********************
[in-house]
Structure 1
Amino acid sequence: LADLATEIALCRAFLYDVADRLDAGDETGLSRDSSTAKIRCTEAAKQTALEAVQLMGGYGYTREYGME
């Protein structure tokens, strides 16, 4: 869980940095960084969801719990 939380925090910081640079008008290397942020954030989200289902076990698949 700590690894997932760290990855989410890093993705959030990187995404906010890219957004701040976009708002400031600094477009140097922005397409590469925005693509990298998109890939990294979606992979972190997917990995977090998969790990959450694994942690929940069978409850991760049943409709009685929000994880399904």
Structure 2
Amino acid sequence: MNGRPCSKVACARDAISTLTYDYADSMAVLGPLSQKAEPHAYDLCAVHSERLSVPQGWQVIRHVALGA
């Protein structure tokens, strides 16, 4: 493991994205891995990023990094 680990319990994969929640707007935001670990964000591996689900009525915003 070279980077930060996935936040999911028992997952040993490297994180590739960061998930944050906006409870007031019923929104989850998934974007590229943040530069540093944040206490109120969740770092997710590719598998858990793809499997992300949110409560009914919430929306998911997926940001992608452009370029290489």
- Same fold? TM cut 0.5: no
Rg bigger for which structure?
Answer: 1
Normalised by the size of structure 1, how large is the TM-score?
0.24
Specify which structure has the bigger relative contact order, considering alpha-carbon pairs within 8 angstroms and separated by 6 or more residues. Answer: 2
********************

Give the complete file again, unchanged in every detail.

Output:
[in-house]
Structure 1
Amino acid sequence: LADLATEIALCRAFLYDVADRLDAGDETGLSRDSSTAKIRCTEAAKQTALEAVQLMGGYGYTREYGME
């Protein structure tokens, strides 16, 4: 869980940095960084969801719990 939380925090910081640079008008290397942020954030989200289902076990698949 700590690894997932760290990855989410890093993705959030990187995404906010890219957004701040976009708002400031600094477009140097922005397409590469925005693509990298998109890939990294979606992979972190997917990995977090998969790990959450694994942690929940069978409850991760049943409709009685929000994880399904």
Structure 2
Amino acid sequence: MNGRPCSKVACARDAISTLTYDYADSMAVLGPLSQKAEPHAYDLCAVHSERLSVPQGWQVIRHVALGA
């Protein structure tokens, strides 16, 4: 493991994205891995990023990094 680990319990994969929640707007935001670990964000591996689900009525915003 070279980077930060996935936040999911028992997952040993490297994180590739960061998930944050906006409870007031019923929104989850998934974007590229943040530069540093944040206490109120969740770092997710590719598998858990793809499997992300949110409560009914919430929306998911997926940001992608452009370029290489």
- Same fold? TM cut 0.5: no
Rg bigger for which structure?
Answer: 1
Normalised by the size of structure 1, how large is the TM-score?
0.24
Specify which structure has the bigger relative contact order, considering alpha-carbon pairs within 8 angstroms and separated by 6 or more residues. Answer: 2